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Impact of Intensivist and Nursing Staff on Critically Ill Patient Mortality: A Retrospective Analysis of the Korean NHIS Cohort Data, 2011-2015

 Su Hwan Lee  ;  Jung Hwa Hong  ;  Young Sam Kim  ;  Eun Cheol Park  ;  Sun Min Lee  ;  Chang Hoon Han 
 YONSEI MEDICAL JOURNAL, Vol.62(1) : 50-58, 2021-01 
Journal Title
Issue Date
Aged ; Aged, 80 and over ; Cohort Studies ; Critical Illness / mortality* ; Critical Illness / nursing* ; Female ; Hospital Mortality ; Humans ; Intensive Care Units / statistics & numerical data* ; Male ; Middle Aged ; Nursing Staff / statistics & numerical data* ; Physicians / statistics & numerical data* ; Republic of Korea ; Retrospective Studies ; Tertiary Care Centers
Critical care ; intensive care unit ; intensivist ; mortality ; nursing staff
Purpose: Critical care medicine continues to evolve. However, critical care cases require increasing amount of medical resources. Intensive care unit (ICU) mortality significantly impacts the overall efficiency of healthcare resources within a system of limited medical resources. This study investigated the factors related to ICU mortality using long-term nationwide cohort data in South Korea. Materials and methods: This retrospective cohort study used data of 14905721 patients who submitted reimbursement claims to the Korean Health Insurance Service between January 1, 2011 and December 31, 2015. A total of 1498102 patients who were admitted to all ICU types, except neonatal and long-term acute care hospitals, were enrolled. Results: Of the total 1498102 participants, 861397 (57.5%) were male and 636705 (42.5%) were female. The mean age at admission was 63.4±18.2 years; most of the subjects were aged over 60 years. During the 5-year period, in-hospital mortality rate was 12.9%. In Cox analysis, both in-hospital and 28-day mortality rates were significantly higher in male patients and those of lower socioeconomic status. As age increased and the number of nursing staff decreased, the mortality risk increased significantly by two or three times. The mortality risk was lower in patients admitted to an ICU of a tertiary university hospital and an ICU where intensivists worked. Conclusion: The number of nursing staff and the presence of an intensivist in ICU were associated with the ICU mortality rate. Also, increasing the number of nursing staff and the presence of intensivist might reduce the mortality rate among ICU patients.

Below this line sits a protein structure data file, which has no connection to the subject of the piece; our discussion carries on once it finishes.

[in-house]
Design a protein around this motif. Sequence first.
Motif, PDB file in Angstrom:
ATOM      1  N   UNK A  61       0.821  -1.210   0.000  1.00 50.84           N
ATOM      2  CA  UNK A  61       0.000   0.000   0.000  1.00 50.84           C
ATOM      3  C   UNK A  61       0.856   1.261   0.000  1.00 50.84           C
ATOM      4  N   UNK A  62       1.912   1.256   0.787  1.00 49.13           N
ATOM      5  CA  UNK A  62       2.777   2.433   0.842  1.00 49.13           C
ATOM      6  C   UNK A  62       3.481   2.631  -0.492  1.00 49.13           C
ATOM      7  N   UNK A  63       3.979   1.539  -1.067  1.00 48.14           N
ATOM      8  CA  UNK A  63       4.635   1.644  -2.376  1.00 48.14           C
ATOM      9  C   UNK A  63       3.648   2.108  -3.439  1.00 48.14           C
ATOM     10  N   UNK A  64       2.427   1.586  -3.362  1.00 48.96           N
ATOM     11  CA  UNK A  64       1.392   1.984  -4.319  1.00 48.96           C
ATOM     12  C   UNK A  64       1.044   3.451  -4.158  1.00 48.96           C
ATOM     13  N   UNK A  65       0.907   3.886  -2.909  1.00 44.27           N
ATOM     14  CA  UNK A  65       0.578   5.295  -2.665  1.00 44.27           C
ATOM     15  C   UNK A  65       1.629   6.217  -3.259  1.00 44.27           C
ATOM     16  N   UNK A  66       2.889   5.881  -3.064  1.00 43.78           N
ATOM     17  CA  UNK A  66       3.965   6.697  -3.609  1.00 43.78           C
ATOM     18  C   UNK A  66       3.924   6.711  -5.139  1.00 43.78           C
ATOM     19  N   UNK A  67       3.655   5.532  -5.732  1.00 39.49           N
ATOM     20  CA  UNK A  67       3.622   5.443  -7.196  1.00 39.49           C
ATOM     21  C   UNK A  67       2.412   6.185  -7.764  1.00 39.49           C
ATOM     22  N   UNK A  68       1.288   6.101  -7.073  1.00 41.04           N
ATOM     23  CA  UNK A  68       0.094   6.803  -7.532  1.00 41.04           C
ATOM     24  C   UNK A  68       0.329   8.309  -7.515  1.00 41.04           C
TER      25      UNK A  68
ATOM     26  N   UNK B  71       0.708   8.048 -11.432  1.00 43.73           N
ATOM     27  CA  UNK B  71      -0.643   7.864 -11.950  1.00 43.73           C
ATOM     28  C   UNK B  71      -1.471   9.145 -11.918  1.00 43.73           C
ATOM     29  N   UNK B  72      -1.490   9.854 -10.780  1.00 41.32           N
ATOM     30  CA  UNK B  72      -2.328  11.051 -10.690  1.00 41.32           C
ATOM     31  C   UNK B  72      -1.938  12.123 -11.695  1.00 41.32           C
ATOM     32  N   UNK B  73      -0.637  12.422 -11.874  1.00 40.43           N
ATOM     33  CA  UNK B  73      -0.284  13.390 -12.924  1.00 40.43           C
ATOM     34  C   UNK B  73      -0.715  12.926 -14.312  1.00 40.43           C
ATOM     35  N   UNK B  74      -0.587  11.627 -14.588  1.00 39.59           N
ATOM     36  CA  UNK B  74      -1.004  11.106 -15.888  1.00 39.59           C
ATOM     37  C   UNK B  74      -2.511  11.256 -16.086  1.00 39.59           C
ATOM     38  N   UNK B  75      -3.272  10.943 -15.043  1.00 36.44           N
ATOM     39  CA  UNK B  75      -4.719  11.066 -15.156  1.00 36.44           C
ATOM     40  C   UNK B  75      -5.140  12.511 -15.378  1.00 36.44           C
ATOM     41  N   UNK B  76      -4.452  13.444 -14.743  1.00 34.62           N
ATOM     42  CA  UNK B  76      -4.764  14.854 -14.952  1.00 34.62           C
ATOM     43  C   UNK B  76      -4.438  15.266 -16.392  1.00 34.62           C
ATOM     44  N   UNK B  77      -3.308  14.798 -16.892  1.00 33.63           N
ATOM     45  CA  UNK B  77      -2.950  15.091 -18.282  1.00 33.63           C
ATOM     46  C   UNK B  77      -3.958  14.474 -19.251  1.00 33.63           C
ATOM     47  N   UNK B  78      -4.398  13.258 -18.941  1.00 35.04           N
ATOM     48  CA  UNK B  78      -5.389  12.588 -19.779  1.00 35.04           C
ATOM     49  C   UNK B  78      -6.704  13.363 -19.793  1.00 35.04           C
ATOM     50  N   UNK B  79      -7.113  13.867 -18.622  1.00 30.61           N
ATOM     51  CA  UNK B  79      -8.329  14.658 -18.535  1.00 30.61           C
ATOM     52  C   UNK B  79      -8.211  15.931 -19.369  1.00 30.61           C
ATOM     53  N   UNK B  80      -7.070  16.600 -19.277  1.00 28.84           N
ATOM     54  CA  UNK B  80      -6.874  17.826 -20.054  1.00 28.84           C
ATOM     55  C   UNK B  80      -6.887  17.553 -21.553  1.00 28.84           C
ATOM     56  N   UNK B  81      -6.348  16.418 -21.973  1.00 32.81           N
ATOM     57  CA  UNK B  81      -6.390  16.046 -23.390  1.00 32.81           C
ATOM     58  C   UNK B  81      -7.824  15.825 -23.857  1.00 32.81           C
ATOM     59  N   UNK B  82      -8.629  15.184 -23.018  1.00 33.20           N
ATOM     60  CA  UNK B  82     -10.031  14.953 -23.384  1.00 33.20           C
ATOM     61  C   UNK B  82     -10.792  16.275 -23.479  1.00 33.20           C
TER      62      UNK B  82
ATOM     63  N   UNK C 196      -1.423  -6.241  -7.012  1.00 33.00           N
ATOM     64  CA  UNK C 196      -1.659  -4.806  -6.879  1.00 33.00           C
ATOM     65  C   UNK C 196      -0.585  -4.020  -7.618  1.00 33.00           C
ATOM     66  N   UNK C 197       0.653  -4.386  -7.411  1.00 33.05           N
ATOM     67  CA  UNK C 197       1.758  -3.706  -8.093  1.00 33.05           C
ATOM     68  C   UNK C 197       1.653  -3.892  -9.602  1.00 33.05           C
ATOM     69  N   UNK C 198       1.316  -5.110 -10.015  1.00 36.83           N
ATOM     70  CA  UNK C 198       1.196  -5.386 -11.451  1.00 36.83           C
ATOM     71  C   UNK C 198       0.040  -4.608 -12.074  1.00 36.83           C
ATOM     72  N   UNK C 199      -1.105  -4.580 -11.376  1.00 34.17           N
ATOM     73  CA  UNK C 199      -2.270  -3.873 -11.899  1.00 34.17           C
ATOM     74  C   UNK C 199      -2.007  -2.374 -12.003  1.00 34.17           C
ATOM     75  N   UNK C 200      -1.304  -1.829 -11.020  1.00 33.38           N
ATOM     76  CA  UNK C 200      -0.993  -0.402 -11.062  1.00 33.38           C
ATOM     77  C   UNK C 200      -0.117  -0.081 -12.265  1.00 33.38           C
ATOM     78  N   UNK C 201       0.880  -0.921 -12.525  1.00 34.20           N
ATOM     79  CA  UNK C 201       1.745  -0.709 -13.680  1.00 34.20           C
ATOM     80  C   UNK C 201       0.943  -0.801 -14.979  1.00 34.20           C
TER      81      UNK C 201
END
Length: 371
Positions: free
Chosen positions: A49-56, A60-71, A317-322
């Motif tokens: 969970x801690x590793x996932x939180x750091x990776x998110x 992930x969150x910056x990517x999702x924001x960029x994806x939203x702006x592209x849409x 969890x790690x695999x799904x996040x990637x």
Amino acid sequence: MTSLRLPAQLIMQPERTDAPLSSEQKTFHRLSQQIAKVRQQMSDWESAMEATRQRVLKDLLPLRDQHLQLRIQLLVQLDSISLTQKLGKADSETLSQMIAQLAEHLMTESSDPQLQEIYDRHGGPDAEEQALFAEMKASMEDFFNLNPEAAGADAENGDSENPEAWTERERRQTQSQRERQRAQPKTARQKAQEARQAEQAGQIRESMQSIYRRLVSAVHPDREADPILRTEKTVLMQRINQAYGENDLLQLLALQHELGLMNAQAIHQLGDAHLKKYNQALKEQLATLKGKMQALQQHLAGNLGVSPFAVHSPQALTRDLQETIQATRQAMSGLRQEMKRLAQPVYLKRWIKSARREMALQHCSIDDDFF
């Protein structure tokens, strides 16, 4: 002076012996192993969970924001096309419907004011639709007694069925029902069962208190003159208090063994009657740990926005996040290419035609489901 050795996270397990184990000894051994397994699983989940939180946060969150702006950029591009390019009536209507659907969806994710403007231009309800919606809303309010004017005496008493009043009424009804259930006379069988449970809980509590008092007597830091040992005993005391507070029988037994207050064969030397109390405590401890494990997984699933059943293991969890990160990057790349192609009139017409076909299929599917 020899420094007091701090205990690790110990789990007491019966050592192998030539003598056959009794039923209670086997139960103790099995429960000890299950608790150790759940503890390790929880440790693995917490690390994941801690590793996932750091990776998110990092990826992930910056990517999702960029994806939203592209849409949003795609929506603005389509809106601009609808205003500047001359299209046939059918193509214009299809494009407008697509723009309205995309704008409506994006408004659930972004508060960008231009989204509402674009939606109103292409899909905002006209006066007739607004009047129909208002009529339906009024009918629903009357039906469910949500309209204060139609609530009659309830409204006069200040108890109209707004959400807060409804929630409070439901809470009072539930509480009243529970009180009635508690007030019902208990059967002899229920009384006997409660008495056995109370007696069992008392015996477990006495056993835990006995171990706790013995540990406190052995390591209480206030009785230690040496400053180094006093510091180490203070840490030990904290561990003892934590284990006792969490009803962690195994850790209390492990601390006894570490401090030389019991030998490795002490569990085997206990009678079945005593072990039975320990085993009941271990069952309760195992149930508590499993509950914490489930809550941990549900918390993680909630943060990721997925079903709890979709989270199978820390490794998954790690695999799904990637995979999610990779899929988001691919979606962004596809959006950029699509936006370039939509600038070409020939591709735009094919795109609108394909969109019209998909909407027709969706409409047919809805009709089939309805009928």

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Appears in Collections:
1. College of Medicine (의과대학) > Dept. of Internal Medicine (내과학교실) > 1. Journal Papers
1. College of Medicine (의과대학) > Dept. of Preventive Medicine (예방의학교실) > 1. Journal Papers
Yonsei Authors
Kim, Young Sam(김영삼) ORCID logo https://orcid.org/0000-0001-9656-8482
Park, Eun-Cheol(박은철) ORCID logo https://orcid.org/0000-0002-2306-5398
Lee, Su Hwan(이수환) ORCID logo https://orcid.org/0000-0002-3487-2574
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